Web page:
Dancing up a storm in `Wizard of Oz'

Dorothy and ensemble of many ages present a delightful ballet

May 31, 2001|By Phil Greenfield | Phil Greenfield,SPECIAL TO THE SUN

I saw no tigers or bears (oh, my!) at Jim Rouse Theatre for Performing Arts on Saturday afternoon.

But I did come across a lion - albeit a cowardly one - in the company of cygnets, swans, monkeys, crows, an adorable lady bug and, of course, a scarecrow, a man of tin and a dark-haired, pigtailed little girl named Dorothy.

That leonine sighting combined with a vision of toe shoes as far as the eye could see could mean only one thing: Kathi Ferguson's Howard County Ballet was dancing up a storm (literally and figuratively) in a choreographed version of Frank L. Baum's immortal tale "The Wizard of Oz."

Indeed, this large cast so chock-full of dancers of all ages was a delight to watch from start to finish in this first of two Saturday performances.

In the afternoon, the role of Dorothy was danced by Rebecca Friedman, who was graceful, strong and quite dynamic in her leading role.

In the novel and in any staged version true to the spirit of the work, it is Dorothy's stature that must animate the intentions of her three companions, and that certainly was the case here.

Elizabeth Snyder's Scarecrow was limber to a fault, complete with some remarkable spins and rolls as the man of straw was still attached to his post.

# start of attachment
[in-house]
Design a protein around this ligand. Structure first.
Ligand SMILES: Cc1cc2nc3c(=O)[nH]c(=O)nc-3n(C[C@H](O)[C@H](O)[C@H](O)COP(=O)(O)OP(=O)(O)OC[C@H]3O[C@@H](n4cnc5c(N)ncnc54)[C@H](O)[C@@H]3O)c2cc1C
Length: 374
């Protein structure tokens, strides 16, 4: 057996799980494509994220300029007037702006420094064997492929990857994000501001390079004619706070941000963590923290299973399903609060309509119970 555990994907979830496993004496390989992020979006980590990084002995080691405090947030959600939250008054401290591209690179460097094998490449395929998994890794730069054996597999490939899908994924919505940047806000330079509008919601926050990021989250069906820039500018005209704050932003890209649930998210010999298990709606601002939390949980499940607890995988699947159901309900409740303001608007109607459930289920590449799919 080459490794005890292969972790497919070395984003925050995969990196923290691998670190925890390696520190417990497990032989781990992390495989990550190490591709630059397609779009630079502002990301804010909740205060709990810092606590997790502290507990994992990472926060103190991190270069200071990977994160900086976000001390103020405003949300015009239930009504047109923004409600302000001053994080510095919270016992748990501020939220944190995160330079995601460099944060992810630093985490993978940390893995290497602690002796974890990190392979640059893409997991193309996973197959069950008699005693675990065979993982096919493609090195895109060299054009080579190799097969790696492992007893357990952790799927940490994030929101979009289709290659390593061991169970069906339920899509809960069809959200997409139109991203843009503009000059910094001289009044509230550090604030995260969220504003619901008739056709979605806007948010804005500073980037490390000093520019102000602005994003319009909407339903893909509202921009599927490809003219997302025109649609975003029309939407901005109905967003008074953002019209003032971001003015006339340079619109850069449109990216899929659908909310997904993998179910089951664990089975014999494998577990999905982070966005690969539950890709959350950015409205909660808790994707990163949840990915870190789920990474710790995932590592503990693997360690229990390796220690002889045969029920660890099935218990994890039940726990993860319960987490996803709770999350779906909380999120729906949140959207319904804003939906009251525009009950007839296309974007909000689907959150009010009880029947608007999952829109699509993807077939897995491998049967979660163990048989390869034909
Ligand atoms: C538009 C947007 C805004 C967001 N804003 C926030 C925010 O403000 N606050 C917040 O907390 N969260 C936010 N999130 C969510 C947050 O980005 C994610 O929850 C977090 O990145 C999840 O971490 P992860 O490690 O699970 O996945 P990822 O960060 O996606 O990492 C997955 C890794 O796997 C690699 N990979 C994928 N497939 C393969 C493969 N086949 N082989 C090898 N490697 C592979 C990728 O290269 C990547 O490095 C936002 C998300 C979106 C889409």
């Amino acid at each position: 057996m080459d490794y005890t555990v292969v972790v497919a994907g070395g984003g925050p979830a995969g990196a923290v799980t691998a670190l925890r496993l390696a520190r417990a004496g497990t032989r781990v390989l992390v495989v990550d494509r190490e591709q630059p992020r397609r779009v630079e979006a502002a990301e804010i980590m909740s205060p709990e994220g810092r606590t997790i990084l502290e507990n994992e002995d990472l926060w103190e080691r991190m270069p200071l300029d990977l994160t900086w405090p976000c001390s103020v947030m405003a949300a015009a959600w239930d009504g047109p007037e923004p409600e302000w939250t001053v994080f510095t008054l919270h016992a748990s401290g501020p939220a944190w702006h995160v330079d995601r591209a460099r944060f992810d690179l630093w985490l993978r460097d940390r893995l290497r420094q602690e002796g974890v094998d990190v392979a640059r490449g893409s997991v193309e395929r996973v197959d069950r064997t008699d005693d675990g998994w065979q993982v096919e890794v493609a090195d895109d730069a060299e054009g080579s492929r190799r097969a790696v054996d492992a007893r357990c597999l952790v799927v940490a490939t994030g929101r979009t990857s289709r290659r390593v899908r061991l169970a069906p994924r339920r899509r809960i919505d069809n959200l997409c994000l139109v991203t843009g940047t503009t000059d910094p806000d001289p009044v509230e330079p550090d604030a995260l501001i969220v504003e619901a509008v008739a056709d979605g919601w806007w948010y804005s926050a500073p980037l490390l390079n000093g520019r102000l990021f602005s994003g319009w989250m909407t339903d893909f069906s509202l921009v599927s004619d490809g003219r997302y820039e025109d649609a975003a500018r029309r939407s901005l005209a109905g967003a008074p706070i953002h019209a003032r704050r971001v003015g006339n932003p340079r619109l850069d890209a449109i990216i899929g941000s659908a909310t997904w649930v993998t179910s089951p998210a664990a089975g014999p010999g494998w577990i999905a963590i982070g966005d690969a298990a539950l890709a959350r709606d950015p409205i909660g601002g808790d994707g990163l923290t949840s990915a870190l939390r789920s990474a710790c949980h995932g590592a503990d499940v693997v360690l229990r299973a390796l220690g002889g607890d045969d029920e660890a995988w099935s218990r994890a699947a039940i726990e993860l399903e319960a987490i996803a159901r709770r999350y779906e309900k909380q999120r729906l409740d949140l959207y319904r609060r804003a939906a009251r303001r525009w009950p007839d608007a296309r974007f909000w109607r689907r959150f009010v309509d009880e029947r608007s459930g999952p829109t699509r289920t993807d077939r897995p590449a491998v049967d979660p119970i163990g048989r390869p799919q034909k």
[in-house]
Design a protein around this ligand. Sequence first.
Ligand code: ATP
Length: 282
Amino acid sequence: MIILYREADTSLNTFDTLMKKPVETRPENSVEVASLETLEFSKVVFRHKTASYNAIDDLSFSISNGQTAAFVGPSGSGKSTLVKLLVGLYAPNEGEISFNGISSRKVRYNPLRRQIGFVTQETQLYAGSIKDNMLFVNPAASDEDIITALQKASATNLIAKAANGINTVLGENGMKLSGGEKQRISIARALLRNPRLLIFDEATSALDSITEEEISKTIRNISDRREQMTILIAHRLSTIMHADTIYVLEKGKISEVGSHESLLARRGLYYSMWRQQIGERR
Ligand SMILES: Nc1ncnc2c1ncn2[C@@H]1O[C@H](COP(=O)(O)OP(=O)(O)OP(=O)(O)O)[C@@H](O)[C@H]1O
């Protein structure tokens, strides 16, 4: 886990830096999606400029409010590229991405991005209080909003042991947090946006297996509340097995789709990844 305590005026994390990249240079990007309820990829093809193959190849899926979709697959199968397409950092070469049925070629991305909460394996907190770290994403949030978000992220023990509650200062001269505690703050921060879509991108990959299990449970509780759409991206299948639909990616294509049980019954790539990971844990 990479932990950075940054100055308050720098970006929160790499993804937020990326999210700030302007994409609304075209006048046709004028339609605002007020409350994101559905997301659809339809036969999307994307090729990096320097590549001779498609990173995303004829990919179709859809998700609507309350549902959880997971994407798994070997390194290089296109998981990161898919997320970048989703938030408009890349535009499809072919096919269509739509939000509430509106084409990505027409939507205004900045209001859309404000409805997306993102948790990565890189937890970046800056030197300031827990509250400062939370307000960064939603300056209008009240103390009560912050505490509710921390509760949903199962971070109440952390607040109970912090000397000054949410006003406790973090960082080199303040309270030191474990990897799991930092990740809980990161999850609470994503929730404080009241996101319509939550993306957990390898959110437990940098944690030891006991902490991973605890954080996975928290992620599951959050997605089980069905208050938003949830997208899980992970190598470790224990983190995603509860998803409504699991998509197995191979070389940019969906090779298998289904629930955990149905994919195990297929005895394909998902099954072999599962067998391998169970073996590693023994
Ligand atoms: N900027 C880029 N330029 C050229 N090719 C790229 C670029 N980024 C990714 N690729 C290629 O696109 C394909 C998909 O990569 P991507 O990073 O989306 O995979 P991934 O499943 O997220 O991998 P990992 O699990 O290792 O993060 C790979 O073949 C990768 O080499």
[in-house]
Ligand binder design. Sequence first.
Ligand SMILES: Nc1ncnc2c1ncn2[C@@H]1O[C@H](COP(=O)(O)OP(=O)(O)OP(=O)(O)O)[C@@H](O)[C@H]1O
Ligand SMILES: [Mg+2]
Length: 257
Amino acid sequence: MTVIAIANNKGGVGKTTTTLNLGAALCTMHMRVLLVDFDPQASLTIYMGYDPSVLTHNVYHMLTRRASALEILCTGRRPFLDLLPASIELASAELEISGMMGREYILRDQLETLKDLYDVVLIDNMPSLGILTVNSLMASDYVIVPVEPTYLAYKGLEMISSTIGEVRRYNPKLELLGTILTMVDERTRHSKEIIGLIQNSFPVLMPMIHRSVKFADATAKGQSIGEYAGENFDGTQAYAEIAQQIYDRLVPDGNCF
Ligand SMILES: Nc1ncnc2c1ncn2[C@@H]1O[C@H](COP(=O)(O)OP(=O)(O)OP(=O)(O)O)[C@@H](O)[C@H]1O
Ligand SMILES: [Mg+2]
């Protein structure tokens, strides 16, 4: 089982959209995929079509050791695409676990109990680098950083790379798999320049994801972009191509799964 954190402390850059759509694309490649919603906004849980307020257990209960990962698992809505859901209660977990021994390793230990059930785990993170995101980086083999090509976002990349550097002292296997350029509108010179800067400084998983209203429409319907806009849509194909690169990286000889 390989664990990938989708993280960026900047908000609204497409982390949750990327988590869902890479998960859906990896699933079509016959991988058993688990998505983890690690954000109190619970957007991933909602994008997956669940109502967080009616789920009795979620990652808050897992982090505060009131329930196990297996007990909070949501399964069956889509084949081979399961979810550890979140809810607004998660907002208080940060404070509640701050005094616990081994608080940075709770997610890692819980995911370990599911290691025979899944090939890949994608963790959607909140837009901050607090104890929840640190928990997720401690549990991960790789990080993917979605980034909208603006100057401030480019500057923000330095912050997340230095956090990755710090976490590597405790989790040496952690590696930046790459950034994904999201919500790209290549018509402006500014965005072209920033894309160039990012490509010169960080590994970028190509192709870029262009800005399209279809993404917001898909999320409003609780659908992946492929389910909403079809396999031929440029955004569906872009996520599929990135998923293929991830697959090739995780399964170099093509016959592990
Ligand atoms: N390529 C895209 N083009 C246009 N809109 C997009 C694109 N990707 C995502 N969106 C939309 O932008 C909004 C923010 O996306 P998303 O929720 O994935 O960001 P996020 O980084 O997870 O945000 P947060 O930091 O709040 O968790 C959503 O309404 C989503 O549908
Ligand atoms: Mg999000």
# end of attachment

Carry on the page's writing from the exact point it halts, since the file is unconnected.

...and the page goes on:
Ben Cramer's Tin Man seemed a bit understated in his first appearance, but become more and more interesting to watch once the solo quartet came together.

Erin Maskell posed and flexed with great abandon upon entering as the lion, but soon had her knees knocking in the grand tradition of cowardly types everywhere.

We also were treated to the truly malevolent presence whipped up by the statuesque Mary Hong, whose menacing movements as the Wicked Witch of the West were particularly vivid in the "Witches' Sabbath" music culled from Hector Berlioz's phantasmagoric "Symphonie Fantastique."

The musical selections, which ranged from 19th-century France (Berlioz) to 20th-century Russia (Prokofieff and Kabalevsky), were melded quite effectively to create a seamless score out of several disparate sources.

There were other things to admire as well.

One was the unflagging seriousness displayed by the younger members of the troupe. Everyone was focused; no one took the stage merely to look cute and get off. Crows never stopped crowing, monkeys remained very much in character and Munchkinland had a confident and graceful mayor in young Leiland Charles.

Projections of prairie houses, the yellow-brick road, Emerald City and a gigantic rainstorm provided backdrops that worked nicely, and I was quite taken with the creativity on display in the placement of the fluorescent limbs that made up the all-powerful Oz.

The Howard County Ballet works hard to create an educational experience for its dancers and audiences, and this was in evidence Saturday. Before the performance, director Ferguson brought her Dorothy on stage to convey the basics of ballet mime.

It helped everyone - this grizzled reviewer included - to be reminded how no means no on the ballet stage as in life.

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